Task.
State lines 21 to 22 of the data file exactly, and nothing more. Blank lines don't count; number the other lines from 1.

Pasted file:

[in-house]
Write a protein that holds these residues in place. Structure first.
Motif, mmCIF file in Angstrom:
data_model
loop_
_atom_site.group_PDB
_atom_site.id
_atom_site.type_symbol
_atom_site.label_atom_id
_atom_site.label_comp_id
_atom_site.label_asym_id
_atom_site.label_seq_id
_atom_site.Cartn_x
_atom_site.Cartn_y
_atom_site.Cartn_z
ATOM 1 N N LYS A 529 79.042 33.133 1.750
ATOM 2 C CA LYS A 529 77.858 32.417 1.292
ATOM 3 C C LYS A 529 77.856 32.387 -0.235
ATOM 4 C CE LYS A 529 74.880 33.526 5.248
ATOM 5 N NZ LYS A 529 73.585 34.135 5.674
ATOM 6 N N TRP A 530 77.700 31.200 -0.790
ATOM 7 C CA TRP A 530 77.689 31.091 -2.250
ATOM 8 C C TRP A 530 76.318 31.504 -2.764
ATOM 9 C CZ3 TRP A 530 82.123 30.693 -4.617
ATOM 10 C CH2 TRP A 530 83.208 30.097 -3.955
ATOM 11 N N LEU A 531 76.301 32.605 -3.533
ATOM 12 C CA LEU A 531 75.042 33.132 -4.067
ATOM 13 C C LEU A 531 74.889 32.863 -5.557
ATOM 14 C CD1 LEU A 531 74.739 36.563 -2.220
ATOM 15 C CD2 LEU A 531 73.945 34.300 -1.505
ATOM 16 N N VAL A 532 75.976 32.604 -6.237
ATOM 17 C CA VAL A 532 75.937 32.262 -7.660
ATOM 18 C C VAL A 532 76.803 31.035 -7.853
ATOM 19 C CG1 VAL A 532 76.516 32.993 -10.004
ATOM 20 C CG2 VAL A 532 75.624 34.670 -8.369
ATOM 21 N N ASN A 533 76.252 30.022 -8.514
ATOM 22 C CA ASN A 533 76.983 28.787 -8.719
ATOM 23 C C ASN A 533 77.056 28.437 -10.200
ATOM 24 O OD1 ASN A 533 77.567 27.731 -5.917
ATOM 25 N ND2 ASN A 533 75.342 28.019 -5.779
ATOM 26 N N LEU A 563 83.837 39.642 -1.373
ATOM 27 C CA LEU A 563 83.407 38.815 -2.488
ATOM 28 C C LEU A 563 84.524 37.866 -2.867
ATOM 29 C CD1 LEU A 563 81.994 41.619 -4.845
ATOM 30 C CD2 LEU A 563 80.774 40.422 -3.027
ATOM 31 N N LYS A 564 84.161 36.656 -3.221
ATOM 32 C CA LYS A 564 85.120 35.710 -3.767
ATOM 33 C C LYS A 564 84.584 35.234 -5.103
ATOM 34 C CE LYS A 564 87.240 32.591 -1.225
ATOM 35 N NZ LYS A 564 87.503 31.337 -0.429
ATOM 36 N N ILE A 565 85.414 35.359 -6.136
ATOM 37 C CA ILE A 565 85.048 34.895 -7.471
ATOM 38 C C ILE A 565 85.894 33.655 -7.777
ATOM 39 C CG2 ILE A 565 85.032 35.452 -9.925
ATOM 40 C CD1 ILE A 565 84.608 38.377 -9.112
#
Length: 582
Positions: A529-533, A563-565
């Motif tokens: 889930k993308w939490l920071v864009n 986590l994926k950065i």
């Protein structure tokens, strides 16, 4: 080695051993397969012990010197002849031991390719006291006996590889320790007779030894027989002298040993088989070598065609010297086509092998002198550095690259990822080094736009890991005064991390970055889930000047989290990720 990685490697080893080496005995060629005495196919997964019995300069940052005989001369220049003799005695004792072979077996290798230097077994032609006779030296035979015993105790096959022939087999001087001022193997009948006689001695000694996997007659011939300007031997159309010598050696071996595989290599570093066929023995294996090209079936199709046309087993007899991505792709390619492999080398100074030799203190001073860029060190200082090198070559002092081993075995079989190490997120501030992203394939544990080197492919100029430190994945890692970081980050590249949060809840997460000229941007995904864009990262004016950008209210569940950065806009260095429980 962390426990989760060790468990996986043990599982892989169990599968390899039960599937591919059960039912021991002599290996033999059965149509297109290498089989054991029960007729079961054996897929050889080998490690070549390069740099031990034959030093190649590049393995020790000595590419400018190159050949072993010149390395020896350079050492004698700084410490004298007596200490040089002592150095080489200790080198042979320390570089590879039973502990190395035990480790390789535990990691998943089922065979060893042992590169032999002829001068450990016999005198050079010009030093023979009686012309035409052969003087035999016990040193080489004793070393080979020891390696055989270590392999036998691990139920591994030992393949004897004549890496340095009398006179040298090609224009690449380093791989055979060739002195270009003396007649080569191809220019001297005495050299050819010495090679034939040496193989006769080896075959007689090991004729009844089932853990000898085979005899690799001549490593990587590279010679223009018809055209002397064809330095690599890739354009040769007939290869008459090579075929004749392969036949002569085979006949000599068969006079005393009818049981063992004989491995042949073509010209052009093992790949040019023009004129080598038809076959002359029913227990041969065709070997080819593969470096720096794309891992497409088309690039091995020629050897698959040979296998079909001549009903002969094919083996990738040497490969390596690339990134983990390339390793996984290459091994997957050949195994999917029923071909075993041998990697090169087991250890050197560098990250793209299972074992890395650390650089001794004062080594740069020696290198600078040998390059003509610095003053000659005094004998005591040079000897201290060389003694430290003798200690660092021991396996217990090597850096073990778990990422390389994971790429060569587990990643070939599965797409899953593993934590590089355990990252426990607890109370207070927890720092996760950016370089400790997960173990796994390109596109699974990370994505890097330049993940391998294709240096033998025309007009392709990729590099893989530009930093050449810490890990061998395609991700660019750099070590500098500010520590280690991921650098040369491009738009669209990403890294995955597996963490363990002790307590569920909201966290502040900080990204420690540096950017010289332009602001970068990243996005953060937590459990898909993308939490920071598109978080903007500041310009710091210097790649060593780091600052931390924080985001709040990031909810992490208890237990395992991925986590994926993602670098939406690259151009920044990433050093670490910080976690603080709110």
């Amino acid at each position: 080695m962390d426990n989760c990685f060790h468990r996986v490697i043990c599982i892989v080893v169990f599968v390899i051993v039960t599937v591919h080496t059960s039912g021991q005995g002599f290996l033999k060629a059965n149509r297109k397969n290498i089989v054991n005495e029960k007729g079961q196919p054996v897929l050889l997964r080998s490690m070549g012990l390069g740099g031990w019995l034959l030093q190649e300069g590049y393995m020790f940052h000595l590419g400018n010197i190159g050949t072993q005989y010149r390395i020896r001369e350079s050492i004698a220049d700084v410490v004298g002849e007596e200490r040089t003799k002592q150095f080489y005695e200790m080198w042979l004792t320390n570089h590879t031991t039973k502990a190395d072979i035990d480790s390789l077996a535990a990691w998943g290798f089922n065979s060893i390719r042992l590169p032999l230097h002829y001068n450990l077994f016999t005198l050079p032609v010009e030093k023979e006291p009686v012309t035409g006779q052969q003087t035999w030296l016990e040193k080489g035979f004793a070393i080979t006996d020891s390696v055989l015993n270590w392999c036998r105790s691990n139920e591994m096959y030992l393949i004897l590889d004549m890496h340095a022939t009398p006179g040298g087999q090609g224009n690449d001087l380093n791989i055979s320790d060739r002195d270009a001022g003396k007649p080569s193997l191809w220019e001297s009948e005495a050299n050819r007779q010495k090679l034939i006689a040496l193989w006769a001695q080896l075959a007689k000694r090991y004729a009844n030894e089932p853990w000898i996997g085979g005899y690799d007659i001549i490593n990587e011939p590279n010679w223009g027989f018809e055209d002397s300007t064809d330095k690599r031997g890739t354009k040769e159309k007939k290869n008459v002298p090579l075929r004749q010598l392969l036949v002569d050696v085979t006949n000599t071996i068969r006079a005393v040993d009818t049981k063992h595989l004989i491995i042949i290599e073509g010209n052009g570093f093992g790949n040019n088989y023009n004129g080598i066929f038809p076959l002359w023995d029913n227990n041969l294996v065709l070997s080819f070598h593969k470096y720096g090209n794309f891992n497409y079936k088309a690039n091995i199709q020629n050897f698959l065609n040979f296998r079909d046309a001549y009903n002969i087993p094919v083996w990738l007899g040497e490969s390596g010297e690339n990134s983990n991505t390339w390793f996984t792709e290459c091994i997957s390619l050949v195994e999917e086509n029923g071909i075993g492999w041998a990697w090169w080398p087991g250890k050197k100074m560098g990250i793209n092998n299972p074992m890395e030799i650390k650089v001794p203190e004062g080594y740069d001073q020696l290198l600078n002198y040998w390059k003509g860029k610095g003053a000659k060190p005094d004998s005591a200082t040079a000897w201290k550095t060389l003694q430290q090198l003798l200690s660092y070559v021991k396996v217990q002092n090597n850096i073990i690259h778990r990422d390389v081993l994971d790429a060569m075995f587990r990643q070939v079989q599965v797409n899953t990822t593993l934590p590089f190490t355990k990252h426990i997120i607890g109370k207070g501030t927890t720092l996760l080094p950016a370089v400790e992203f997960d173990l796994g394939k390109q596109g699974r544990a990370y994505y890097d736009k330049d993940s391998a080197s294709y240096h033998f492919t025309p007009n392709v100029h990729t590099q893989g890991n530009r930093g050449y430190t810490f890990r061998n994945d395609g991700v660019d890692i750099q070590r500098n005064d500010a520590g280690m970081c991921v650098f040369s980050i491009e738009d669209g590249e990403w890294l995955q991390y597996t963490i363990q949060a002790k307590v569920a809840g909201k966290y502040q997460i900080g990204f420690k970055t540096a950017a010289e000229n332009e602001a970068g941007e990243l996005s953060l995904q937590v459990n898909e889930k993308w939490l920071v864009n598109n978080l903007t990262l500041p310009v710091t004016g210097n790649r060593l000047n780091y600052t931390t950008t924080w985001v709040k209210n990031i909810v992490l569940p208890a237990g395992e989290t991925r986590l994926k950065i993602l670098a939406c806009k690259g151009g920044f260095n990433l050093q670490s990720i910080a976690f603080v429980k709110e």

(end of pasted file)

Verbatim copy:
ATOM 6 N N TRP A 530 77.700 31.200 -0.790
ATOM 7 C CA TRP A 530 77.689 31.091 -2.250